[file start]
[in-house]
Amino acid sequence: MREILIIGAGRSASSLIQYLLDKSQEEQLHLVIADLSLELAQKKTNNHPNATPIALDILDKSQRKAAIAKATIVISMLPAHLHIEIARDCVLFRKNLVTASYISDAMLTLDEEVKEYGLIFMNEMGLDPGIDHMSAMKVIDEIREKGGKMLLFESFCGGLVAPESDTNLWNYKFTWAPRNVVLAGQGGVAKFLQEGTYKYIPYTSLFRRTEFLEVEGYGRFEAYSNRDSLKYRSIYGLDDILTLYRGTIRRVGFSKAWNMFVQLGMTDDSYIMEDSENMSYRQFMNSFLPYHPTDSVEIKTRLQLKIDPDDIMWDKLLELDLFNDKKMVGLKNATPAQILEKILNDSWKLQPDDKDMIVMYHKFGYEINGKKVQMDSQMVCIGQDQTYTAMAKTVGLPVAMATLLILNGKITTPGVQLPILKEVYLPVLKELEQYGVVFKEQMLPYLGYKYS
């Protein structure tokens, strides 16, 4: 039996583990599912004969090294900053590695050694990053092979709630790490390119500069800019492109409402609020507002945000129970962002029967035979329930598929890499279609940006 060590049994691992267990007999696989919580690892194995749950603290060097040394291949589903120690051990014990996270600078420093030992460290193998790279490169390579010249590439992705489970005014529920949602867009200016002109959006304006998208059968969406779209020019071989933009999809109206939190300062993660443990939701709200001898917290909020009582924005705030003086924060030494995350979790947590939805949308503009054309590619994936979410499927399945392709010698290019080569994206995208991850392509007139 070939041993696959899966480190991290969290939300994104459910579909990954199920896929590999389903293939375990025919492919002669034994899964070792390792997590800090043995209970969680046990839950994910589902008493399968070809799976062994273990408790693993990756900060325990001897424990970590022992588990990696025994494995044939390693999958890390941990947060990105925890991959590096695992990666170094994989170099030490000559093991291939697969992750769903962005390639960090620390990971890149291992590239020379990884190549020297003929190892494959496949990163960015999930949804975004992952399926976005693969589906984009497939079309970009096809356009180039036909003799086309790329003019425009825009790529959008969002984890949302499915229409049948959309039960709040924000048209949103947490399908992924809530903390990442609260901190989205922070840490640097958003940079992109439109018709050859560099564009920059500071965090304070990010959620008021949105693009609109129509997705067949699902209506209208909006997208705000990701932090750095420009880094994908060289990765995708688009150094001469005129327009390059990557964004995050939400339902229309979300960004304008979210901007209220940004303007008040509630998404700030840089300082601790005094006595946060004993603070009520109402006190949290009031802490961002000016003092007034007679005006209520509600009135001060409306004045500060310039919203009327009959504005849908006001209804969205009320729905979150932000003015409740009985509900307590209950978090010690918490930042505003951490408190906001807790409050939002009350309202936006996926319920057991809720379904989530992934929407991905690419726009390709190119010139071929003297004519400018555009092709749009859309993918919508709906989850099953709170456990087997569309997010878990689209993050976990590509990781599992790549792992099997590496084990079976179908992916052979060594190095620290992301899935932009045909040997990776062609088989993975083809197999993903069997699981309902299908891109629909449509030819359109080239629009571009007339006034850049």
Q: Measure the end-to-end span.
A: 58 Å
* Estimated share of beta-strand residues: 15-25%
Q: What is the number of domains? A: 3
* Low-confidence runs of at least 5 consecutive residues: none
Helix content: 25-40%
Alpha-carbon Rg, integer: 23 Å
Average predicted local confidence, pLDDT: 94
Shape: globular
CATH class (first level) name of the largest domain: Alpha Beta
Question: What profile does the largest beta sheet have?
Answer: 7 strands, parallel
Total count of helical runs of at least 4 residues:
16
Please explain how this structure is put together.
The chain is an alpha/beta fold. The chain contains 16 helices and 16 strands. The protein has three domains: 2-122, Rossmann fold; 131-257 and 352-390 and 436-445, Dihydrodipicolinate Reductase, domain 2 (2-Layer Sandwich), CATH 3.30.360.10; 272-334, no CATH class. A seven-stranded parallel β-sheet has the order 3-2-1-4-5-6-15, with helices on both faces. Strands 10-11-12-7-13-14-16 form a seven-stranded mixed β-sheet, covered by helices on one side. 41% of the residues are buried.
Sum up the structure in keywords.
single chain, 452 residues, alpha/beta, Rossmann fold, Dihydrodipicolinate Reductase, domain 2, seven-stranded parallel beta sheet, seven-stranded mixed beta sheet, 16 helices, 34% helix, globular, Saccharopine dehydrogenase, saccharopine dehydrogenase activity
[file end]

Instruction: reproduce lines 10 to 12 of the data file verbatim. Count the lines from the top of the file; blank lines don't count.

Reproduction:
Alpha-carbon Rg, integer: 23 Å
Average predicted local confidence, pLDDT: 94
Shape: globular